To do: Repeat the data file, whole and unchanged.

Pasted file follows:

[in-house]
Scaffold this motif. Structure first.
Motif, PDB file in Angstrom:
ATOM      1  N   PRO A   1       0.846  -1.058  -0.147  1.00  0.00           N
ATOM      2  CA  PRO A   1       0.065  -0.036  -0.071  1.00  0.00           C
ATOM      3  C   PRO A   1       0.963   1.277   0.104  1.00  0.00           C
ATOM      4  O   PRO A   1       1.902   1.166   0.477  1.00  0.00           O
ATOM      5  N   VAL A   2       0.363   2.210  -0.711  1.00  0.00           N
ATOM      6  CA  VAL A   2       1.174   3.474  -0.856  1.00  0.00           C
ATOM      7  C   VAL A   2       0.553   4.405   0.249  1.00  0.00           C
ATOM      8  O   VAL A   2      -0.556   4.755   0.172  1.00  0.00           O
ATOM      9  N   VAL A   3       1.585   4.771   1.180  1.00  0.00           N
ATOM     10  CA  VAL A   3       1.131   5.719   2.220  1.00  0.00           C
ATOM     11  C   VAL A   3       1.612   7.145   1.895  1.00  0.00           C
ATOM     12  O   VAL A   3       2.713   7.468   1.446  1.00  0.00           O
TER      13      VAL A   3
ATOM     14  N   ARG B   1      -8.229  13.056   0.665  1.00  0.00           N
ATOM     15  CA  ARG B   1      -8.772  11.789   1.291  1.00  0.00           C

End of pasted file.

[in-house]
Scaffold this motif. Structure first.
Motif, PDB file in Angstrom:
ATOM      1  N   PRO A   1       0.846  -1.058  -0.147  1.00  0.00           N
ATOM      2  CA  PRO A   1       0.065  -0.036  -0.071  1.00  0.00           C
ATOM      3  C   PRO A   1       0.963   1.277   0.104  1.00  0.00           C
ATOM      4  O   PRO A   1       1.902   1.166   0.477  1.00  0.00           O
ATOM      5  N   VAL A   2       0.363   2.210  -0.711  1.00  0.00           N
ATOM      6  CA  VAL A   2       1.174   3.474  -0.856  1.00  0.00           C
ATOM      7  C   VAL A   2       0.553   4.405   0.249  1.00  0.00           C
ATOM      8  O   VAL A   2      -0.556   4.755   0.172  1.00  0.00           O
ATOM      9  N   VAL A   3       1.585   4.771   1.180  1.00  0.00           N
ATOM     10  CA  VAL A   3       1.131   5.719   2.220  1.00  0.00           C
ATOM     11  C   VAL A   3       1.612   7.145   1.895  1.00  0.00           C
ATOM     12  O   VAL A   3       2.713   7.468   1.446  1.00  0.00           O
TER      13      VAL A   3
ATOM     14  N   ARG B   1      -8.229  13.056   0.665  1.00  0.00           N
ATOM     15  CA  ARG B   1      -8.772  11.789   1.291  1.00  0.00           C